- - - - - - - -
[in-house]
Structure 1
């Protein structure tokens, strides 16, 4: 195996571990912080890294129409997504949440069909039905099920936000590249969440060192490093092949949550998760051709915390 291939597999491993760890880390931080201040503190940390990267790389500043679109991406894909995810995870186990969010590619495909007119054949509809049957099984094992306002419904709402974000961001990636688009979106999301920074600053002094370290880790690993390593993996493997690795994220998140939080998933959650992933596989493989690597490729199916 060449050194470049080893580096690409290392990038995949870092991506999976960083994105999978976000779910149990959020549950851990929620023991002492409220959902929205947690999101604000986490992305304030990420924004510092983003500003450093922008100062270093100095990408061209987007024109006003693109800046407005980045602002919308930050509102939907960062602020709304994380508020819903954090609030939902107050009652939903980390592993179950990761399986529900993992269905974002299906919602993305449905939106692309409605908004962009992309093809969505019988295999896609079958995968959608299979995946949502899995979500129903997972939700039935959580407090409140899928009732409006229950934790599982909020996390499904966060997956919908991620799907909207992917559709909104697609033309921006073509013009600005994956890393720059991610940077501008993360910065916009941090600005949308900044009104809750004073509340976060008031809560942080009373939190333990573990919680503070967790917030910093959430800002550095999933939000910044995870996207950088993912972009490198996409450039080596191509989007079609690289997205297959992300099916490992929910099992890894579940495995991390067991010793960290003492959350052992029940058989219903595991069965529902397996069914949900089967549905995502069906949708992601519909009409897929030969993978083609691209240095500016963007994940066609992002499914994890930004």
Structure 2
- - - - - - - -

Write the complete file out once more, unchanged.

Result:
[in-house]
Structure 1
């Protein structure tokens, strides 16, 4: 195996571990912080890294129409997504949440069909039905099920936000590249969440060192490093092949949550998760051709915390 291939597999491993760890880390931080201040503190940390990267790389500043679109991406894909995810995870186990969010590619495909007119054949509809049957099984094992306002419904709402974000961001990636688009979106999301920074600053002094370290880790690993390593993996493997690795994220998140939080998933959650992933596989493989690597490729199916 060449050194470049080893580096690409290392990038995949870092991506999976960083994105999978976000779910149990959020549950851990929620023991002492409220959902929205947690999101604000986490992305304030990420924004510092983003500003450093922008100062270093100095990408061209987007024109006003693109800046407005980045602002919308930050509102939907960062602020709304994380508020819903954090609030939902107050009652939903980390592993179950990761399986529900993992269905974002299906919602993305449905939106692309409605908004962009992309093809969505019988295999896609079958995968959608299979995946949502899995979500129903997972939700039935959580407090409140899928009732409006229950934790599982909020996390499904966060997956919908991620799907909207992917559709909104697609033309921006073509013009600005994956890393720059991610940077501008993360910065916009941090600005949308900044009104809750004073509340976060008031809560942080009373939190333990573990919680503070967790917030910093959430800002550095999933939000910044995870996207950088993912972009490198996409450039080596191509989007079609690289997205297959992300099916490992929910099992890894579940495995991390067991010793960290003492959350052992029940058989219903595991069965529902397996069914949900089967549905995502069906949708992601519909009409897929030969993978083609691209240095500016963007994940066609992002499914994890930004």
Structure 2